Moderation also plays a big part in shaping a community’s voice. Large communities like Reddit or Hacker News possess an array of moderation tools, from flagging a post to lower its place in the rankings, to banning users altogether.

All In Moderation

So it’s up to you to highlight the type of content you want to see more of, and downplay (or outright remove) items that don’t match your vision, and generally speaking you shouldn’t be too shy about laying down the law. As much as we’d like them to be, online communities are not democracies: not every voice is equal, and not everybody deserves to be part of them.

We are always actively shaping the community through both positive (rewards) or negative (banning, etc.) actions.

Kelly Sutton, Designer News

These issues usually become more salient as your community grows, but it pays to be mindful of them from the start.

As long as you stay polite and do your best to be transparent with your decisions, the majority of members will appreciate your efforts to steer the ship.

We’ve had to be pretty decisive about setting the right culture. For example, sexism is rampant in tech and this is also a very tech-enabled community. So we’ve had multiple occasions where we’ve had to tell people to behave or leave. I don’t like doing that but that’s what happens when it becomes bigger.

Pieter Levels, #Nomads

Exclusive Communities

Another common strategy is to simply restrict access to your community in some way.

Given most startups’ obsession with growth at all cost, one might reasonably wonder why you’d ever want to restrict sign-ups to your community. But it turns out there are a lot of good reasons to do so.

After all, it’s the oldest trick in the book: limit supply to drive up demand. If it works for diamonds, maybe it can work for you? Share your work here to get a chance to share your work on Dribbble.

Exclusivity alone probably won’t be enough to make your community successful, but exclusivity combined with actual value can work wonders though.

Dribbble has always been an invite-only site, and its invites are so sought-after that people hold contests to win them and have even set up entire parallel communities dedicated to getting invited.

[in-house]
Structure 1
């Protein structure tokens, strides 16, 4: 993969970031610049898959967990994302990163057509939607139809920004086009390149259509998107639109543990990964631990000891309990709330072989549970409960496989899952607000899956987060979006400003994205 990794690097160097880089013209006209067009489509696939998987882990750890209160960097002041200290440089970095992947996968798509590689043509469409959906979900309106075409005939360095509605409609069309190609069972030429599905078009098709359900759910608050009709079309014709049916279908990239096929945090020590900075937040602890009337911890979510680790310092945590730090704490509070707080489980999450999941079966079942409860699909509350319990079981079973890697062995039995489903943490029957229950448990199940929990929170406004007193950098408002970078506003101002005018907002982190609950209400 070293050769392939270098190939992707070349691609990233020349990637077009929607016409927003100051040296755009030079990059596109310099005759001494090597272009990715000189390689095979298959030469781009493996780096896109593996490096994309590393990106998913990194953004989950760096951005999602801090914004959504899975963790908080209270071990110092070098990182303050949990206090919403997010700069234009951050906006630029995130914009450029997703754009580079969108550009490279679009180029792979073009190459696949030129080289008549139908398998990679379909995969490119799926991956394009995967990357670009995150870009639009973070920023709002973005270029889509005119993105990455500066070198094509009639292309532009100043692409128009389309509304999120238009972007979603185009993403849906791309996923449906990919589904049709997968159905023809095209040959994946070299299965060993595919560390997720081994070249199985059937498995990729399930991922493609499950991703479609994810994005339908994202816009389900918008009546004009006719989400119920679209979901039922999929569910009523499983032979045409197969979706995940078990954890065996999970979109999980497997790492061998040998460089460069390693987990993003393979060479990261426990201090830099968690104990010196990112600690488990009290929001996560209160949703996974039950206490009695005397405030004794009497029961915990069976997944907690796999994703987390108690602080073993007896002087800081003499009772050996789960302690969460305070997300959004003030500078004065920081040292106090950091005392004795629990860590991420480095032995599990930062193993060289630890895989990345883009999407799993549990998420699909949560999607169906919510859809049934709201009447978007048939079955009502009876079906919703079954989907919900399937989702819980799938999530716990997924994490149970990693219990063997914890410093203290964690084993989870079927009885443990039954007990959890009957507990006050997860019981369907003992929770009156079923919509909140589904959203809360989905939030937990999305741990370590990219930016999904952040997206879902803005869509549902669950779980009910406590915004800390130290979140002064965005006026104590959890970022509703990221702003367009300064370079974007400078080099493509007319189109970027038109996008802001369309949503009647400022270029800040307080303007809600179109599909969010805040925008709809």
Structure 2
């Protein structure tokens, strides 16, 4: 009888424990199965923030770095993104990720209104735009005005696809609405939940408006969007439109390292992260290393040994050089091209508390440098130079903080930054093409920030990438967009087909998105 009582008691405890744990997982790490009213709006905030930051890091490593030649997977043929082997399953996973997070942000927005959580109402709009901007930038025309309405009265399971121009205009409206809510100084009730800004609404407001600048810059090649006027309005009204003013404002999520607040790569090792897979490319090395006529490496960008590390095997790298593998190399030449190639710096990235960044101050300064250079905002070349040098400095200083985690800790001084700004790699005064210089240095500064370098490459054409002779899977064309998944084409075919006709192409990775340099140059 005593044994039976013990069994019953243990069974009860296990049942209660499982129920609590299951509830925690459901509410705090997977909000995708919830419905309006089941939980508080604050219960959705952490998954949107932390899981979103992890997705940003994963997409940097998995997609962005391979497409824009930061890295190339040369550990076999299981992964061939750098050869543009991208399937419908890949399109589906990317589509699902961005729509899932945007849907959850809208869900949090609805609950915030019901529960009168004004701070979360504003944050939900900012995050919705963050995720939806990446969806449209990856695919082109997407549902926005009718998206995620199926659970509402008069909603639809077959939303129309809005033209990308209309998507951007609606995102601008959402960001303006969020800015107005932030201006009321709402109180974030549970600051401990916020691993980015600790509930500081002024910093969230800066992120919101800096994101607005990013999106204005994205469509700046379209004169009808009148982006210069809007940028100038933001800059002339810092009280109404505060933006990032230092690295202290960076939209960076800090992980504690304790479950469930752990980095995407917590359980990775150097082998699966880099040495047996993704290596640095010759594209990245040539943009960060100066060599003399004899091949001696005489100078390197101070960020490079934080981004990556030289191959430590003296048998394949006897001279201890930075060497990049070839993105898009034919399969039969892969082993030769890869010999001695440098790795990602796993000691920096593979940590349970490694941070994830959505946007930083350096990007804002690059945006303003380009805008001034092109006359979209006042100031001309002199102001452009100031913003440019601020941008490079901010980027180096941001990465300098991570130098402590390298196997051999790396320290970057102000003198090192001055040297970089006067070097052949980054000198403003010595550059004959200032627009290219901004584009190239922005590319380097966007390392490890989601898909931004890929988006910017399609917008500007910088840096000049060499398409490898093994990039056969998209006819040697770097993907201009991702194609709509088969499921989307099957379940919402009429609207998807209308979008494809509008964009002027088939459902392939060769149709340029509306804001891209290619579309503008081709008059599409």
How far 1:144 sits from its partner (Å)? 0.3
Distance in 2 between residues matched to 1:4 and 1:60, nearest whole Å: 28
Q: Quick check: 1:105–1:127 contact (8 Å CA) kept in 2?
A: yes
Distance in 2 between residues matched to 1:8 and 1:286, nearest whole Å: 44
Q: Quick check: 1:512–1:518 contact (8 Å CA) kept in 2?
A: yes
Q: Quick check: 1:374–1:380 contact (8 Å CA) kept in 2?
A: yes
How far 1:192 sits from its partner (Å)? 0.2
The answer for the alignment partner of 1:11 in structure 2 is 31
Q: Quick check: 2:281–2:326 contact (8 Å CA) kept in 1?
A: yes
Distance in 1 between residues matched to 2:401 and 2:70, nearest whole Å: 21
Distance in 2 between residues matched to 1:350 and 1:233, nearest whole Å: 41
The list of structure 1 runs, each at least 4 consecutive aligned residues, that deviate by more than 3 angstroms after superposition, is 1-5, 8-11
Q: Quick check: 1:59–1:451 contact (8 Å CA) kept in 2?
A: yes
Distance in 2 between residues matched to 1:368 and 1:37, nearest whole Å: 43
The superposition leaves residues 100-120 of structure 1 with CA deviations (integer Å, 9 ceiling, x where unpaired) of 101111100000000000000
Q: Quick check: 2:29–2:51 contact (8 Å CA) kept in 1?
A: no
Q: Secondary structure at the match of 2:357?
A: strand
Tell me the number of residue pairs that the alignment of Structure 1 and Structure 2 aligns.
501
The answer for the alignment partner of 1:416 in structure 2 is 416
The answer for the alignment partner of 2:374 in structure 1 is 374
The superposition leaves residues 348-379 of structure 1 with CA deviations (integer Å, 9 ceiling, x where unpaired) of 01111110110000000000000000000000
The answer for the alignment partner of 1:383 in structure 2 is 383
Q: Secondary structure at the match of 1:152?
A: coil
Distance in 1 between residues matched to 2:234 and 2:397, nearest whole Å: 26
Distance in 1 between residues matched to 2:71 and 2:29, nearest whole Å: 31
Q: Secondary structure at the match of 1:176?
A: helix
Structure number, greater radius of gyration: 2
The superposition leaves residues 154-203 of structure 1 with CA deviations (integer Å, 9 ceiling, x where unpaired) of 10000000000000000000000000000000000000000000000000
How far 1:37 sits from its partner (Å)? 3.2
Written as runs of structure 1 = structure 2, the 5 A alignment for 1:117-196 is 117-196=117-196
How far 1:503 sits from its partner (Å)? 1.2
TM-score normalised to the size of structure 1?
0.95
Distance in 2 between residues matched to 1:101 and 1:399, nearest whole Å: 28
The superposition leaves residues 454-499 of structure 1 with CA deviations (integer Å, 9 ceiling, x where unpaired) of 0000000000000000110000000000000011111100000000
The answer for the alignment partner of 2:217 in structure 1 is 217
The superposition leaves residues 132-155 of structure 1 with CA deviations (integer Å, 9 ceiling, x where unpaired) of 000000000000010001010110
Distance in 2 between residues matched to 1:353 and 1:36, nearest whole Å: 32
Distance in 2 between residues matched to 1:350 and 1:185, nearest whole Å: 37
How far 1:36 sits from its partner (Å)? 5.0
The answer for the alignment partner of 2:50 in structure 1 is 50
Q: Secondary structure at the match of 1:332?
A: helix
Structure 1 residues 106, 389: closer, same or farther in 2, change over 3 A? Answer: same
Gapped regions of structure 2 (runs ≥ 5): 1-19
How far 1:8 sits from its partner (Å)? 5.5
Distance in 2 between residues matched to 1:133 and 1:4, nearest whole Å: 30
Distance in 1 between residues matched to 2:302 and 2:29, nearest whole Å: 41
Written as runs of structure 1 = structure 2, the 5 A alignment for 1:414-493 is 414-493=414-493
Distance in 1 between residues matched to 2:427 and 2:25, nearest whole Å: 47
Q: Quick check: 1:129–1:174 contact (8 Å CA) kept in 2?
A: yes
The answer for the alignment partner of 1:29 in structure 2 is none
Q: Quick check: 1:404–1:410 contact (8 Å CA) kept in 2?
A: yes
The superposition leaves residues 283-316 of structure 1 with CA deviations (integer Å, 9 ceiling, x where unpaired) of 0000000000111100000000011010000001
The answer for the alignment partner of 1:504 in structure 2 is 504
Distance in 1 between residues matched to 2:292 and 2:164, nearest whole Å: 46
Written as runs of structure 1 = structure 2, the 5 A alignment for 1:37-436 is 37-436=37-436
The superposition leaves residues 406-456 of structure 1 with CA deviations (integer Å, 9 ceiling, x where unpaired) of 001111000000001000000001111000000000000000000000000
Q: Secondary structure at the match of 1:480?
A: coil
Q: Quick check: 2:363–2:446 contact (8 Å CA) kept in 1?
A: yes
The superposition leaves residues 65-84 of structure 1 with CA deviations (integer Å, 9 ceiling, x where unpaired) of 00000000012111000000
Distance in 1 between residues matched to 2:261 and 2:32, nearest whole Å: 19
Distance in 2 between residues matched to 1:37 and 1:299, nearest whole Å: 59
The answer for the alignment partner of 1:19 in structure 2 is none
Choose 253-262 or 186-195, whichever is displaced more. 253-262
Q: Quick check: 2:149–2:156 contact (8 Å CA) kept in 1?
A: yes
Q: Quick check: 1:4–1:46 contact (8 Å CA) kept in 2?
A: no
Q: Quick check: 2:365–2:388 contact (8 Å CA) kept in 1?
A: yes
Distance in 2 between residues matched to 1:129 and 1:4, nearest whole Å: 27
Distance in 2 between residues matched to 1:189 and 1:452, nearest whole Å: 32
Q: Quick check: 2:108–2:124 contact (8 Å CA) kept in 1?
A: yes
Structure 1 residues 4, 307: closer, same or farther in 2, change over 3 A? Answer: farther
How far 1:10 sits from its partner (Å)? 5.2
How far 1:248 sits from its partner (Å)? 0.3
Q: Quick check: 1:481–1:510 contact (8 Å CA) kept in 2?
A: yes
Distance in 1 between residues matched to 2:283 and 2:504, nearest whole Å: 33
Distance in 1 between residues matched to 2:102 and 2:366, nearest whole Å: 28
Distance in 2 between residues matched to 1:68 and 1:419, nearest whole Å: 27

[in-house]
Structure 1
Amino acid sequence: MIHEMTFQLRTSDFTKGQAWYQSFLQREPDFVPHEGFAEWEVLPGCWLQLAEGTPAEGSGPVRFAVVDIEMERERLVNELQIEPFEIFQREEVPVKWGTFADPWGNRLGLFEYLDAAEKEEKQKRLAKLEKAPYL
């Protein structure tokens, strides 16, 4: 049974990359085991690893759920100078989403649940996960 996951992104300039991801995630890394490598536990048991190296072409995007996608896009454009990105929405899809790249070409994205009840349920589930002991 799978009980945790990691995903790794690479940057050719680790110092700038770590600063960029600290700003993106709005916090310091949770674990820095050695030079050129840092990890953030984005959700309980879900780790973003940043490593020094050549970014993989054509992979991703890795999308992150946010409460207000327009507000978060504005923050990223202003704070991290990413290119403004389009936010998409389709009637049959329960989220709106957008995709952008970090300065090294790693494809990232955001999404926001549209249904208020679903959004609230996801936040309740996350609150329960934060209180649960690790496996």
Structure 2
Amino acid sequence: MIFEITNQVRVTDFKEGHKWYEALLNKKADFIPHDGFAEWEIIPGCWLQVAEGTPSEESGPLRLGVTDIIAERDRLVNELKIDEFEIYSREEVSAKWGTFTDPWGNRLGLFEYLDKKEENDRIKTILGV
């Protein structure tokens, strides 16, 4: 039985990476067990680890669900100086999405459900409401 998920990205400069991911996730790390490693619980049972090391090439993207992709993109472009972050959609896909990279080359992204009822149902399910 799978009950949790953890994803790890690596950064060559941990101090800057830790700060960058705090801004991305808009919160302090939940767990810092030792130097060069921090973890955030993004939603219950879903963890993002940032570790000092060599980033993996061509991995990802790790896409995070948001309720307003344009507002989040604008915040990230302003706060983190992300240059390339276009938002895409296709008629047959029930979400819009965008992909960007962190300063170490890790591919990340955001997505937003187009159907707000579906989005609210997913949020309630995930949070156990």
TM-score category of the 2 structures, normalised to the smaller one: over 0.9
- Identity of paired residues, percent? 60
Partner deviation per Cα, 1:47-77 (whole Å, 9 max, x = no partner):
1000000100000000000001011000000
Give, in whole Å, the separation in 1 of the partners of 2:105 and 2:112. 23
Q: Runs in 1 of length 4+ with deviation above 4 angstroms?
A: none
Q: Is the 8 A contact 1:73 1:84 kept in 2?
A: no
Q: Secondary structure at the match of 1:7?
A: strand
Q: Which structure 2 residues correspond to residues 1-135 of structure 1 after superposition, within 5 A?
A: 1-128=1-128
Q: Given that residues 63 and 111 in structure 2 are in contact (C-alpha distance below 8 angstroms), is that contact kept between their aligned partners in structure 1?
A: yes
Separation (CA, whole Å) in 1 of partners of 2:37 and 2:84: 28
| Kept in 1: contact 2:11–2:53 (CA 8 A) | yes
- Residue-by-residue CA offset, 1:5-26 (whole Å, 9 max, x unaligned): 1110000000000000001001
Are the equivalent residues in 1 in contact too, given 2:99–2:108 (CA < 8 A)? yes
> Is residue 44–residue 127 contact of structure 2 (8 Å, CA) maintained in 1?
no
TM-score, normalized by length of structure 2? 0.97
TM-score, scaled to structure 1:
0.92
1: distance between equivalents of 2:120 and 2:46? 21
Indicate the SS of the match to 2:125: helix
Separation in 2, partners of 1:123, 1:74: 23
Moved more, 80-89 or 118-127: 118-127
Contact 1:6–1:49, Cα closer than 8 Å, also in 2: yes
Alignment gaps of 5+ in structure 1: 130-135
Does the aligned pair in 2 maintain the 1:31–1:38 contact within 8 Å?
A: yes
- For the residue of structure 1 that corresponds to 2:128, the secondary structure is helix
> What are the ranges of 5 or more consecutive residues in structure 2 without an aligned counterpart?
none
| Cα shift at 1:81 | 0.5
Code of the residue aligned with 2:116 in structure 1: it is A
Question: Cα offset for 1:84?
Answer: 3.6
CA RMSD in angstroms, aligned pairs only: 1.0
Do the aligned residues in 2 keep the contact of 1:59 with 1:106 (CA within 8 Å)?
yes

Quality Control

There’s also cases where restricting access is necessary just to maintain a reasonable level of quality. Some communities tend to attract vocal minorities, and things can quickly get out of hand.

So in many cases, it might be easier to close down access and approve suitable users individually, than open up the floodgates and hunt down offenders.

From, I learned that when you have a popular platform people will join to abuse your platform for personal gain, or just do things to make the experience worse for everybody. Learning from that experience, we decided to have a moderated website like Reddit. The moderation helps avoid spam and ensures we only have quality music on the site.

Justin Kan, The Drop a very active – if a bit unruly – community.

Setting An Example

Exclusivity has other advantages, especially in the first months of your community. Newer users tend to model their behavior after current members, so by filtering sign-ups you can make sure your initial batch of users sets the right tone for your community.

By keeping things invite only, we were able to cultivate the personality of the site before bringing in the masses. I believe that if you have a high-quality community, growth will come naturally.

Kelly Sutton, Designer News

So unless your audience is very narrow to begin with, limiting registrations is worth considering. Hopefully, the sign-ups you forfeit in the beginning will be offset by increased attention down the road thanks to your community’s higher quality.


  • If your community is already exclusive, set up a contest to win some invites.
  • If it isn’t, close registration down for a few days to see how people react.